News

Nate's Turn

If Nate Ybanez is ever to see life outside of prison, he needs lots of attention --and Rolling Stone just turned on the spotlight.

Nate is one of more than forty people serving life without parole for murders they committed in Colorado before turning eighteen. He and his buddy, Erik Jensen, killed Nate's mother one summer night in 1998. Both were convicted of first-degree murder.

During his trial, Nate didn't talk about the oral sex that he now says his father made him perform in the shower, or the fact that his mother forced him to penetrate her. His allegations of sexual and physical abuse first became public record when he testified at an appeal hearing for his buddy, Erik, as originally reported in Westword.

Rolling Stone wrongly credited the Denver Post for bringing Nate's abuse to light, but otherwise, the article is an amazing piece of reporting. Writer Paul Solotaroff even got a police officer in Iowa to admit that Nate's grandfather probably murdered one of his own children and got away with it. That story lends credibility to the theory that Nate's father, Roger, was raised in an abusive environment and likely abused Nate as well.

Roger wouldn't talk to Rolling Stone. When Westword asked Roger about allegations that he'd abused his son, he replied, "I don't remember any of that."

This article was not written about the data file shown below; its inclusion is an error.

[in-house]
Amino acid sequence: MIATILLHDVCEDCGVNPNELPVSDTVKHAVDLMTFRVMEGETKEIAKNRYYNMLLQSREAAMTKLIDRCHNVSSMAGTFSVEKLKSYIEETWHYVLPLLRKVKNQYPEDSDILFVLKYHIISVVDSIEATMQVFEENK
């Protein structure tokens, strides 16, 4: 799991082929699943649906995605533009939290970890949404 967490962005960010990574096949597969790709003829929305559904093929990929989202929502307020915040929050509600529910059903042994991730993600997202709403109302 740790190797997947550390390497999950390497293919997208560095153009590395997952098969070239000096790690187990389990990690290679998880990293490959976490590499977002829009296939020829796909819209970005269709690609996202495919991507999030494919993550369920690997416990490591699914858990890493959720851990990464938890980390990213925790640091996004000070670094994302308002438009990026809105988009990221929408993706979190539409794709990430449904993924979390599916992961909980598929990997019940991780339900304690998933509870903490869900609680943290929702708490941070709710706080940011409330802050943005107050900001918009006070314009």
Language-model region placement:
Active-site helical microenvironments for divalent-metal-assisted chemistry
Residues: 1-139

Since Nate's story went national, thousands of dollars have poured into the Pendulum Foundation, a non-profit juvenile-justice advocacy organization based in Colorado Springs that has taken the lead on representing kids doing life in Colorado.

"As parents, we will always say that if my child were molested, I would kill the molester -- and yet someone like Nathan Ybanez, when they reach out and act in violence, we throw them in jail for life without parole," says Mary Ellen Johnson, Pendulum's executive director.

In addition to money, Johnson's group has also gotten hundreds of offers of help from citizens, PR firms, media outlets and attorneys. Since he was sentenced to life without parole -- a sentence that the Colorado Legislature has since banned for juveniles tried as adults -- Nate's only chances for ever getting out are clemency or a successful appeal.

But with the renewed attention and offers of help finally coming in, Nate may finally have a chance. -- Luke Turf

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Patricia Calhoun co-founded Westword in 1977; she’s been the editor ever since. She’s a regular on the weekly CPT12 roundtable Colorado Inside Out, played a real journalist in John Sayles’s Silver City, once interviewed President Bill Clinton while wearing flip-flops, and has been honored with numerous national awards for her columns and feature-writing.
Contact: Patricia Calhoun